Clean Energy Challenge

Renewable energy & natural resource management

Clean Energy Challenge

15 December 2020
Clean Energy Challenge - solar panels

Pump Operator Abdelaziz Ibrahim, a refugee, cleans the photovoltaic cells every day in Um Gargour Camp, East Sudan

The Clean Energy Challenge (CEC) is an effort by individuals, businesses and organizations from all over the world to bring systemic change to displacement settings by replacing unsustainable energy with clean, modern energy sources that can be used for households, community services and humanitarian operations. Launched at the Global Refugee Forum with a 10-year ambition to deliver sustainable change, the Challenge has attracted 250 stakeholders in its first year and has already seen a number of its pledges fulfilled. 

Read more to discover how the Clean Energy Challenge is building momentum towards a greener future for refugees.

  • Despite challenges posed by the COVID-19 crisis, the CEC was able to host four virtual Marketplace events where dozens of clean energy projects were presented for support to the multi-stakeholder group, including investors, businesses and practitioners.
  • Private sector partners Deloitte and Borealis have invested significant resources, while Schneider Electric and Victron Energy have, among others, contributed expertise to help develop prospects for clean energy access in displacement settings. 
Clean Energy Challenge - members graphic
  • Norway continued its role as an instrumental driver of the CEC, providing political, technical, operational and financial support. Norway also fulfilled its GRF pledge to support innovation for the greening of humanitarian responses by contributing 29 million NOK out of a total of 52 million to this end through its Humanitarian Innovation Programme and is continuing to finance NORCAP deployments of energy experts to humanitarian operations.
  • During a Norwegian state visit to Jordan in February 2020, Norway, in cooperation with the Norwegian Refugee Council, UNHCR and UNDP, organised a hackathon. The hackathon brought together refugees, humanitarian organizations, youth, start-ups, “tech geeks”, and Jordanian and Norwegian private sector organizations to find innovative solutions to humanitarian and development challenges within the energy sector. Meet the refugees behind one of the winning projects here
Clean Energy Challenge - Jordan 2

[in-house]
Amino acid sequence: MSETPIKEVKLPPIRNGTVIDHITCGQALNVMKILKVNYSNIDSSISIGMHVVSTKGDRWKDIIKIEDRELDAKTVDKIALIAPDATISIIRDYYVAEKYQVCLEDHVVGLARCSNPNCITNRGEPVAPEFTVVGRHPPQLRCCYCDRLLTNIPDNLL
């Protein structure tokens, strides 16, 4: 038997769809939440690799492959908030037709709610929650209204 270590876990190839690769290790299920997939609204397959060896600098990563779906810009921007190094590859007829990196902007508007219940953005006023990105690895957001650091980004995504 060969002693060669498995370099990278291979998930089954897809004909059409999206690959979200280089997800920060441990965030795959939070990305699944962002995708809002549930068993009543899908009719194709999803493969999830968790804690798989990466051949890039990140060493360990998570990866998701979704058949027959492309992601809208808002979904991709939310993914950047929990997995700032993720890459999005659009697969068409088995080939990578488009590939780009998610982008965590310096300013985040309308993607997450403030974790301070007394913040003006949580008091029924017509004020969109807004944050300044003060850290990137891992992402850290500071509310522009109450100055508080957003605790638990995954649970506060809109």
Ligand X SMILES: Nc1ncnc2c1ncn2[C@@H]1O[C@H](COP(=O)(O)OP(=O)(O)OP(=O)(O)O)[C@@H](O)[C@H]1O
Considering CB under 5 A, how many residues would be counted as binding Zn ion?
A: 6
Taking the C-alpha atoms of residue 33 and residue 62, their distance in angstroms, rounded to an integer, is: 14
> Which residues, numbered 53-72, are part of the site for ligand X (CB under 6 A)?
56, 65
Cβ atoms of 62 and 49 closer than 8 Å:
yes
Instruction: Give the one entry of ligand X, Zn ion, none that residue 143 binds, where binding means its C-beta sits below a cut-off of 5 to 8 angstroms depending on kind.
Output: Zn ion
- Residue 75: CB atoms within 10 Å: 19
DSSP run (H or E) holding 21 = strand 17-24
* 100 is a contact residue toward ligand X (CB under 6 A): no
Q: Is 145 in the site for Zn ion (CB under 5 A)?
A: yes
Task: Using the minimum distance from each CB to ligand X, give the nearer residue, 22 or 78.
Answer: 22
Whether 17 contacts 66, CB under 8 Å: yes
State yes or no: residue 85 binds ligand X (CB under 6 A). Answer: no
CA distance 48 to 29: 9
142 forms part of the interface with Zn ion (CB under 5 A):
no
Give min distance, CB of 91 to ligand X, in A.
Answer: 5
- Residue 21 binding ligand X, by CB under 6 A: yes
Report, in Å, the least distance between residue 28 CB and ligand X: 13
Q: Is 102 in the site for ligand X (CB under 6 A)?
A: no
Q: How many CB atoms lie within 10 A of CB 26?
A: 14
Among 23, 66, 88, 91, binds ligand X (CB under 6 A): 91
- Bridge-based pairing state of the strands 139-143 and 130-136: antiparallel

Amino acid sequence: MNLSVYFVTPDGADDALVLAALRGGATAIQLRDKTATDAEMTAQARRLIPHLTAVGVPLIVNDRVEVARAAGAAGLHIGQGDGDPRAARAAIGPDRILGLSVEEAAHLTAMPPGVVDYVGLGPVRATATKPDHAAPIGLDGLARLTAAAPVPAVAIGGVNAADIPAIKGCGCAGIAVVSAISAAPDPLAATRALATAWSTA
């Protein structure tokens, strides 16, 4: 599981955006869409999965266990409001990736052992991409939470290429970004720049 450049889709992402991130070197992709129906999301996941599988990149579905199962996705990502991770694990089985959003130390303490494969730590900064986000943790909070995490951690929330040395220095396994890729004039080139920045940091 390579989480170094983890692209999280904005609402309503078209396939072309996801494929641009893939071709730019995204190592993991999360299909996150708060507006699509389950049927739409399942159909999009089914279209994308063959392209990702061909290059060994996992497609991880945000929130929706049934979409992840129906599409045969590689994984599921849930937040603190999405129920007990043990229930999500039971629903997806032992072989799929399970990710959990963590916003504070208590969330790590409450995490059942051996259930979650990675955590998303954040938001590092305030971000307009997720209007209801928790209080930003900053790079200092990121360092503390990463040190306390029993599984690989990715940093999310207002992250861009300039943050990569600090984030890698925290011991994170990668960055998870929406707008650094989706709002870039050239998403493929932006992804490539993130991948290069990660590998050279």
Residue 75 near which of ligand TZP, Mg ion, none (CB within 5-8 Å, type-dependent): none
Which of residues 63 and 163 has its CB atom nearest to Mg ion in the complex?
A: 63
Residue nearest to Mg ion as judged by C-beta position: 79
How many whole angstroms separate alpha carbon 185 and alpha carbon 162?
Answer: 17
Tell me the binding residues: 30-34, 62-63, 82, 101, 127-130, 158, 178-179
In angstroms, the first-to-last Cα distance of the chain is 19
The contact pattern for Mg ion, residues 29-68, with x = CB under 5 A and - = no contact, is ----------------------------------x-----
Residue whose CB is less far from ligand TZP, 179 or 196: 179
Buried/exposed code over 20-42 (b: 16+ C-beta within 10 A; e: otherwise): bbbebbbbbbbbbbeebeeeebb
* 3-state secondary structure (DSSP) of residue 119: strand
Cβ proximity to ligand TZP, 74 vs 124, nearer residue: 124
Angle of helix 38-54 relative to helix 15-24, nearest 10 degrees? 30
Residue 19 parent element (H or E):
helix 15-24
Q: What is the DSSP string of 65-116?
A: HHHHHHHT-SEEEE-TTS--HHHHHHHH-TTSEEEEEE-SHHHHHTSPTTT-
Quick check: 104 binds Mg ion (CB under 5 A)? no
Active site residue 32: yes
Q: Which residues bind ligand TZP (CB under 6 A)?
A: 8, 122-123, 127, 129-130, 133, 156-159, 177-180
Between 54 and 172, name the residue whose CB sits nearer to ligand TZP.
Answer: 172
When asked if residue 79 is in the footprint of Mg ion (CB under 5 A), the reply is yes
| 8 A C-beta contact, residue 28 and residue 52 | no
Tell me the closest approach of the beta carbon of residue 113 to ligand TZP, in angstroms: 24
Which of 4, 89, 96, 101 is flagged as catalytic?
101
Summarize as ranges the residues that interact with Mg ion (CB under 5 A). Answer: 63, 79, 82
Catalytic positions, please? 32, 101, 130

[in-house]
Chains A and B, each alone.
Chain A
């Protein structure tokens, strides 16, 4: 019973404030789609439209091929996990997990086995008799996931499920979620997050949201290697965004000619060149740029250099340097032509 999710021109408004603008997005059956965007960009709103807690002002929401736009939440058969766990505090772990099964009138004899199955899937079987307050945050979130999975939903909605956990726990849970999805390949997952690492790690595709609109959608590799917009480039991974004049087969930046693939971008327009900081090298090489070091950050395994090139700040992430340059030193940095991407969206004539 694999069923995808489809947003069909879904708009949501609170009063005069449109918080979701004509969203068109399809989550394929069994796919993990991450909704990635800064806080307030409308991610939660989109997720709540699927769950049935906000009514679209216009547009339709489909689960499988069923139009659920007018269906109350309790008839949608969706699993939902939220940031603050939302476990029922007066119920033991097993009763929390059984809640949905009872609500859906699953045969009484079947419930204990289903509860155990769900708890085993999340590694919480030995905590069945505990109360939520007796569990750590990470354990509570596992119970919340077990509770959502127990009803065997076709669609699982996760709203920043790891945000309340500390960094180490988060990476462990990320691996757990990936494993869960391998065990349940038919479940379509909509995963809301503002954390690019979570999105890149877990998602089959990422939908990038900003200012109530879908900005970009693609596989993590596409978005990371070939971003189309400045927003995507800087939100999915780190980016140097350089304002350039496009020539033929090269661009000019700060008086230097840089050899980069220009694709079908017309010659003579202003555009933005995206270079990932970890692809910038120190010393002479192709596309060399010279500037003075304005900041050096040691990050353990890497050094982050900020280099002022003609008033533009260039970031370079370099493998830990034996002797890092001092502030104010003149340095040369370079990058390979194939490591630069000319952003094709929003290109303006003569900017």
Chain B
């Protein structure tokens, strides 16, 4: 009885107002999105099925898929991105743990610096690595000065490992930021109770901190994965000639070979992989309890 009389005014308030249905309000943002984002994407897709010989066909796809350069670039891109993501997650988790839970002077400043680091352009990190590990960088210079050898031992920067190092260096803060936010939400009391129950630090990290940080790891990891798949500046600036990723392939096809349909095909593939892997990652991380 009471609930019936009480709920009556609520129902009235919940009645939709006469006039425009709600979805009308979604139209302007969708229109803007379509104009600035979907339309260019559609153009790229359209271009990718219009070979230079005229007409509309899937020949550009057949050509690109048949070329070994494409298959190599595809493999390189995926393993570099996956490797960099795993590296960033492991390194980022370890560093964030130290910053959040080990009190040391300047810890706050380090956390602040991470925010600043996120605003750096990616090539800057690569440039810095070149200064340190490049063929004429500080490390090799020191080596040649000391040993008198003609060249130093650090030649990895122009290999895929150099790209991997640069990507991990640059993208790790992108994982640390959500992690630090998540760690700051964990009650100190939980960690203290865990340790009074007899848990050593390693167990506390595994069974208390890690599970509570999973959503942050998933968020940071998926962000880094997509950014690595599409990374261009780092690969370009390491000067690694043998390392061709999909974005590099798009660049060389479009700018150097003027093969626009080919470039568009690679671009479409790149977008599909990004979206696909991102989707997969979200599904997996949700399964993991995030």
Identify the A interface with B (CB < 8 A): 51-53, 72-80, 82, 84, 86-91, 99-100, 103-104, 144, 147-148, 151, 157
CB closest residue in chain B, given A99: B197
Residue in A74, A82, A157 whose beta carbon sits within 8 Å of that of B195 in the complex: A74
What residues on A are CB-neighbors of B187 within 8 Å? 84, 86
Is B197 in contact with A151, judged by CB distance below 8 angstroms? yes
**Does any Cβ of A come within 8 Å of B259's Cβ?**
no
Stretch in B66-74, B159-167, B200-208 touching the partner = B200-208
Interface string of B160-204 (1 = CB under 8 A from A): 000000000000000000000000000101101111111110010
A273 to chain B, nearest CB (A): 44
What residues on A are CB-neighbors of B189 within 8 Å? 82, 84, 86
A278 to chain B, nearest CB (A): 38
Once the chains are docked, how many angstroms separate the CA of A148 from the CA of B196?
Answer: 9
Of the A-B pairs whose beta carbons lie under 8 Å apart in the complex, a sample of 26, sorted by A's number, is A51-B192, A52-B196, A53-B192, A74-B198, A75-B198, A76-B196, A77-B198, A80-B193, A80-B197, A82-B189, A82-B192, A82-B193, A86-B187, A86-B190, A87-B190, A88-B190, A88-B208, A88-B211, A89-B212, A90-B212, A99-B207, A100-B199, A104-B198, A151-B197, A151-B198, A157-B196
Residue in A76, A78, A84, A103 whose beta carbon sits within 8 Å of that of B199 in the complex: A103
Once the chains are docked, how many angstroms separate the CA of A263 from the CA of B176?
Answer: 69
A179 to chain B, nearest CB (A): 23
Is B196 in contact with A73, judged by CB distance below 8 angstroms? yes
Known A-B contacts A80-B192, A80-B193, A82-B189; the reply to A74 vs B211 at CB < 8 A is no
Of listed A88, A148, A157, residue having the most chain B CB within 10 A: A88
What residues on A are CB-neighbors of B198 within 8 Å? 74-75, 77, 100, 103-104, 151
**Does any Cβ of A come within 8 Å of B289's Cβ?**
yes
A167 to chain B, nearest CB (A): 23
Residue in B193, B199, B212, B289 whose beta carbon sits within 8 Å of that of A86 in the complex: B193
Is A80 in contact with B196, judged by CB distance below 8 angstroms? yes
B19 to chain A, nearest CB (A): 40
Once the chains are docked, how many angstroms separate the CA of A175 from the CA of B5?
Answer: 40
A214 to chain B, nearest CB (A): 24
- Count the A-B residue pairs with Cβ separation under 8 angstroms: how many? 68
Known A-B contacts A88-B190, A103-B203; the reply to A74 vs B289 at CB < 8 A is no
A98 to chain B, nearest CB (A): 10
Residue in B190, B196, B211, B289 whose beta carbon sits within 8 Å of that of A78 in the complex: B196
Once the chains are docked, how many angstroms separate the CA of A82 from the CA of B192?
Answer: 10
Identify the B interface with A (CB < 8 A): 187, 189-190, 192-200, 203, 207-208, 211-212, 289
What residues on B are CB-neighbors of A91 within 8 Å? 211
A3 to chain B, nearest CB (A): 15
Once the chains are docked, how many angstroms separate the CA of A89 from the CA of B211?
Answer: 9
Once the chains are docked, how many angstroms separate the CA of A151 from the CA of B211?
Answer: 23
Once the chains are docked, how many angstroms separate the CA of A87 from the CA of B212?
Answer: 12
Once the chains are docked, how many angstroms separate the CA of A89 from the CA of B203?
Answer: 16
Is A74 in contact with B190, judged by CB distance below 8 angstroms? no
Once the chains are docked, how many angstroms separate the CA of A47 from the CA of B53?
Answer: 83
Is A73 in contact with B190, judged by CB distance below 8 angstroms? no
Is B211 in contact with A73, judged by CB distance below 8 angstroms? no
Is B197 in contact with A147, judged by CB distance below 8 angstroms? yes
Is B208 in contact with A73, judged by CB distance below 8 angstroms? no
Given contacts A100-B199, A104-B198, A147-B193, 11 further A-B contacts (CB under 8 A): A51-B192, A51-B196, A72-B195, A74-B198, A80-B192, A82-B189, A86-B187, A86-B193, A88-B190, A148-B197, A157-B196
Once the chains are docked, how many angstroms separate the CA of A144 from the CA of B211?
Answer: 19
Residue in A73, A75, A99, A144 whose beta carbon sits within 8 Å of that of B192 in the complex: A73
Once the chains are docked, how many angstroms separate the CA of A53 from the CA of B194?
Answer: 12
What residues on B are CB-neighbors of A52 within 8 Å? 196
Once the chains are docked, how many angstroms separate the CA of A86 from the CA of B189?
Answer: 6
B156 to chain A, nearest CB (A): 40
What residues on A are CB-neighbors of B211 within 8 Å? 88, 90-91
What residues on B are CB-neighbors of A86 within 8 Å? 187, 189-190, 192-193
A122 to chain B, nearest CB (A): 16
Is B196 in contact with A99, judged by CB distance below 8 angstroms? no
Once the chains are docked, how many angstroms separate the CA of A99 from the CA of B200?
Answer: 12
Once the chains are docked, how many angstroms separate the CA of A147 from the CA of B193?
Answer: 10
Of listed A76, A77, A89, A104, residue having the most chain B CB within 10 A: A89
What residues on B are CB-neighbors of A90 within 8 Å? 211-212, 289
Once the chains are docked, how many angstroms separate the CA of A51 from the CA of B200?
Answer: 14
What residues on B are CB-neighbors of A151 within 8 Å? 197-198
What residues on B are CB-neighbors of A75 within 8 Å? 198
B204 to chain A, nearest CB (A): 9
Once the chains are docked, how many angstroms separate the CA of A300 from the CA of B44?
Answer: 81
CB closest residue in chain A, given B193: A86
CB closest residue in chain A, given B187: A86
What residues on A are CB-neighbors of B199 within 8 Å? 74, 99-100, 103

• Canada has also achieved its goal to update their humanitarian assistance funding application guidelines for 2021 onwards to clean energy options in line with UNHCR’s sustainable energy strategy and the Clean Energy Challenge.
  • Germany is fulfilling its pledge to the GRF through financial and technical resources provided in the multi-year Energy Solutions for Displacement Settings programme in Kenya, Uganda and Ethiopia, delivering on the humanitarian-development-peace nexus.
  • Uganda is progressing on its pledge to promote inclusive and sustainable management of natural resources and ecosystems. The country is integrating refugee settlements into both their national Sustainable Energy Response plan and their Water and Environment Sector Response Plan for Refugees and Host Communities.
  • UNITAR, in its role as the Coordination Unit of the Global Plan of Action for Sustainable Energy in Displacement Settings, is fulfilling its GRF pledge to manage inter-agency processes seeking to decarbonize humanitarian energy infrastructure. It is also working to streamline the way energy data is reported across agencies -  seven knowledge-sharing webinars were hosted in 2020 despite challenges presented by the global pandemic. 

We continue to invite pledging entities to submit updates on pledge implementation. Please visit this page to submit a new update.


The following updates are not comprehensive but offer a snapshot of progress on pledge implementation. For further information, visit the Pledges and Contributions dashboard.

One year on from the Global Refugee Forum